Central national bank of Enid (CNB) may have just $437 million in assets, but the Enid, Okla.-based community bank is capitalizing on the prepaid card business in a big way. The bank acts as an issuer of prepaid cards to retailers and other community banks and provides associated processing services.
CNB -- whose products run the gamut from retail cards to payroll cards to gift cards -- is expanding its relationship with S1's Postilion (Atlanta) unit in a deal in which the vendor will promote and market CNB's prepaid cards to other financial institutions. According to Brud Baker, the bank's president, CNB's service provides growth opportunities for financial institutions, especially smaller banks. "Our model lets community banks get into the game at virtually no cost and with a good piece of revenue share," he says.
"We got started in the prepaid business because we needed to grow," adds Baker. "We've given it a lot of thought and think this is going to be the largest retail growth segment for the financial services business."
CNB initially teamed with Postilion, which had been handling the bank's ATM switch for several years, and together they developed a prepaid card software solution set that CNB now offers to other community financial institutions. For instance, Baker relates, CNB has deals with two community banks in the wine region of California's Sonoma County. "They have corporate customers that employ large numbers of unbanked people, so they issue our payroll cards to them," he says, noting that CNB's bank clients can offer the prepaid cards as MasterCard, Visa or Discover, and they can be branded with any bank's logo.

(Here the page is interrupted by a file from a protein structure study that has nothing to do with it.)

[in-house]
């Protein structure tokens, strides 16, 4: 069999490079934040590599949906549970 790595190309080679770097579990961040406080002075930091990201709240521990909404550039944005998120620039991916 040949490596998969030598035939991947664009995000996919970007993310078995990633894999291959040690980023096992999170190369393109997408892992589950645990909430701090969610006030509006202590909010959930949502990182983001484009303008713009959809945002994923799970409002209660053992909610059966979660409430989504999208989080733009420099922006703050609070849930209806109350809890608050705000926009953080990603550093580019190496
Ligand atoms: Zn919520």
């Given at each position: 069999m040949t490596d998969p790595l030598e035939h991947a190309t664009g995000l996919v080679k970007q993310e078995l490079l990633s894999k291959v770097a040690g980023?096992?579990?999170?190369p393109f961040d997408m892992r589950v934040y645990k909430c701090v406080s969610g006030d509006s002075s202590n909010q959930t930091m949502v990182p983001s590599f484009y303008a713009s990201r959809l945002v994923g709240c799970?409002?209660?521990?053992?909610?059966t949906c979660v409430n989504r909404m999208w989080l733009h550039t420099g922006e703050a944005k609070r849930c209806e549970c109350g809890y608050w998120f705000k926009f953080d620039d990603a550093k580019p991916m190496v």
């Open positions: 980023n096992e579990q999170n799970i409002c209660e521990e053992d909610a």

According to Baron Unbehagen, VP of marketing and alliances for Postilion Americas, CNB uses several Postilion solutions, including the PostCard card management program; the PostOffice management and reporting console; and the Postilion Realtime Framework, which provides generic EFT processing. He says the vendor already has referred financial institution clients to CNB for the prepaid program.
Tapping the Unbanked
CNB's initial foray into prepaid cards was focused on the Hispanic market, but that has expanded to the unbanked in general, including students, the bank's Baker says. "It's very expensive and difficult to take other banks' customers," he explains. "So banks are going to look at the unbanked. This is a very good market for community banks."
In many cases, when entering the unbanked space, much of a bank's time and energy is spent not on implementing the programs themselves, but in doing the research around determining risk and compliance in this new market, notes Postilion's Unbehagen. "For smaller institutions, this is often a difficult hurdle because it requires due diligence and people who understand the prepaid market," he adds. "So there's a significant opportunity to leverage an ASP model," such as the service offered by CNB.
"Since we are the card issuer, the primary responsibility for compliance as well as risk rests with us," says CNB's Baker. "The community bank's role is to determine market potential and, of course, to sell."
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